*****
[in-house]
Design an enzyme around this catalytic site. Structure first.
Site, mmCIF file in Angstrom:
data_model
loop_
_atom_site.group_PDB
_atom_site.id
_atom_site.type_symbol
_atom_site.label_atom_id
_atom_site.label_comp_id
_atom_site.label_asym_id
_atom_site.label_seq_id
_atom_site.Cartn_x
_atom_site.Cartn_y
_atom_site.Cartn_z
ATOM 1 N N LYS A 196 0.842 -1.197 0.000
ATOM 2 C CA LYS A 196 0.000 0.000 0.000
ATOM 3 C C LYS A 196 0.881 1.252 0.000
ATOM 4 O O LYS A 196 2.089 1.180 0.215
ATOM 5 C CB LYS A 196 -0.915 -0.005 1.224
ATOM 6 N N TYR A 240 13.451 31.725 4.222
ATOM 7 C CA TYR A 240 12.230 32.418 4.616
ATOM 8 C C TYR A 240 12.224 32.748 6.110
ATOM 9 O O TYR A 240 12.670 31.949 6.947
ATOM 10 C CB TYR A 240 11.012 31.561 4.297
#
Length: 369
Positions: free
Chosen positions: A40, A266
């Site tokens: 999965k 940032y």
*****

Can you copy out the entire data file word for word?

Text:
[in-house]
Design an enzyme around this catalytic site. Structure first.
Site, mmCIF file in Angstrom:
data_model
loop_
_atom_site.group_PDB
_atom_site.id
_atom_site.type_symbol
_atom_site.label_atom_id
_atom_site.label_comp_id
_atom_site.label_asym_id
_atom_site.label_seq_id
_atom_site.Cartn_x
_atom_site.Cartn_y
_atom_site.Cartn_z
ATOM 1 N N LYS A 196 0.842 -1.197 0.000
ATOM 2 C CA LYS A 196 0.000 0.000 0.000
ATOM 3 C C LYS A 196 0.881 1.252 0.000
ATOM 4 O O LYS A 196 2.089 1.180 0.215
ATOM 5 C CB LYS A 196 -0.915 -0.005 1.224
ATOM 6 N N TYR A 240 13.451 31.725 4.222
ATOM 7 C CA TYR A 240 12.230 32.418 4.616
ATOM 8 C C TYR A 240 12.224 32.748 6.110
ATOM 9 O O TYR A 240 12.670 31.949 6.947
ATOM 10 C CB TYR A 240 11.012 31.561 4.297
#
Length: 369
Positions: free
Chosen positions: A40, A266
């Site tokens: 999965k 940032y």